Thank you. (Operator Instructions) Our first question comes from Matt Kaplan from Ladenburg Thalmann.

Matt Kaplan - Ladenburg Thalmann

Hi, guys. Good afternoon.

Dr. Errol De Souza

Hey, Matt.

Matt Kaplan - Ladenburg Thalmann

A question about, again, grant from the results with the rapid acting Phase 1 announced earlier this year. Can you help us understand in terms of what the next steps are that you need to do to move 250 -- BIOD-250 into further development?

Dr. Errol De Souza

Sure. Matt, as a reminder 250 and 238 were manufactured using commercial preparations at Humalog.

Matt Kaplan - Ladenburg Thalmann

Okay.

Dr. Errol De Souza

That is -- we just took the values of Humalog, added our excipient and manufactured that in terms of the clinical trial conducted in Australia. What we need to do now is to go back and manufacture the material, utilizing the active pharmaceutical ingredient which is lispro and replicate what we saw with 250. But the second hurdle that we need to achieve is to make sure that we have commercial stability that would be required for a product like this.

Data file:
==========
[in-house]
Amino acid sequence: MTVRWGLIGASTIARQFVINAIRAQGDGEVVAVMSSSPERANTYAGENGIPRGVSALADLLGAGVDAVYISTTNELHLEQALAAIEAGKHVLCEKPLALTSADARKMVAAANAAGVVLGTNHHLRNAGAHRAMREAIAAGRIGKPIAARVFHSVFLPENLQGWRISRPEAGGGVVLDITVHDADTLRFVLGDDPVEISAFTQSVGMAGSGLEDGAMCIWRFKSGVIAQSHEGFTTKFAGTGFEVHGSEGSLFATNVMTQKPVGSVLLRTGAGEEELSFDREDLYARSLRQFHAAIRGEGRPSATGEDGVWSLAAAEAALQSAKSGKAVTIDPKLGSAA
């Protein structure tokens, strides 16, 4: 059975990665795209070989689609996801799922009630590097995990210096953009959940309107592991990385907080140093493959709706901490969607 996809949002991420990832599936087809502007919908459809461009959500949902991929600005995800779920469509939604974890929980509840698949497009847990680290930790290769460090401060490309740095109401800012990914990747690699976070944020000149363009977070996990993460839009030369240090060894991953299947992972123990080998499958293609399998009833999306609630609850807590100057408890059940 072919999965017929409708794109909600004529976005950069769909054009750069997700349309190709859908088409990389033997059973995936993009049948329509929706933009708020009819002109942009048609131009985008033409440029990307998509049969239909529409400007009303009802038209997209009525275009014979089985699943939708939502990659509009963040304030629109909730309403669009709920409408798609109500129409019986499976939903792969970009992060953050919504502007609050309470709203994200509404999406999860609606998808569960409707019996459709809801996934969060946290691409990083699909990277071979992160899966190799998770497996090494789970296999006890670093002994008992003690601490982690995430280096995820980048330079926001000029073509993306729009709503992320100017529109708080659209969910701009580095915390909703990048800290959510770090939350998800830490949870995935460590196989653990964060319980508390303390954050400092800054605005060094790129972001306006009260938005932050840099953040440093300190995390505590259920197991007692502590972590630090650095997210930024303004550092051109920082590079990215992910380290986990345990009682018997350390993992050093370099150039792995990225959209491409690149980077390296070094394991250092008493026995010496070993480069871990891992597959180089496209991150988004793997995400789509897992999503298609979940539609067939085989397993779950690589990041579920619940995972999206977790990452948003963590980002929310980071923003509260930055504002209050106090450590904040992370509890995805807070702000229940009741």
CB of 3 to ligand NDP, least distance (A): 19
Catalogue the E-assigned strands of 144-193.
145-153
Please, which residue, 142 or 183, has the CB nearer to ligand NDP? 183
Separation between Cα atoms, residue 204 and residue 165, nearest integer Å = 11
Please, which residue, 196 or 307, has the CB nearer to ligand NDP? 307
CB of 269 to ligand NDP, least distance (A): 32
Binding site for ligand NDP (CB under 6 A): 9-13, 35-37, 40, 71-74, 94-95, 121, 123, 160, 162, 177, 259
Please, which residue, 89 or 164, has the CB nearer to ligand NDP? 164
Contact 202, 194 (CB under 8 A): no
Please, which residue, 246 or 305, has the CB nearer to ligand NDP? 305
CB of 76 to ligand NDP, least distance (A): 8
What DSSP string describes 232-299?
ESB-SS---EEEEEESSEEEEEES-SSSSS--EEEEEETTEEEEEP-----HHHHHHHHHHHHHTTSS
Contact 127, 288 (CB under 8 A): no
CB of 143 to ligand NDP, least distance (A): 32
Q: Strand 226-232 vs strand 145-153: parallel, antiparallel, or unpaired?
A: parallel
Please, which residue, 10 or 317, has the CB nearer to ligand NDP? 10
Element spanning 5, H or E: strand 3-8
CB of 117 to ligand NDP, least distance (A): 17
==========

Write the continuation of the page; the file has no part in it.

And those current -- those studies are currently underway. As we previously mentioned, we’re working with one collaborator who is provided a source of lispro while we are also sourcing other sources of lispro. So when we are close to doing a candidate then we can outline sort of the timelines in terms of moving forward.

Matt Kaplan - Ladenburg Thalmann

And what do you think the risks are at this point in terms of being able to transition from the commercial preparations to the API and having a similar profile to what you saw in Phase 1?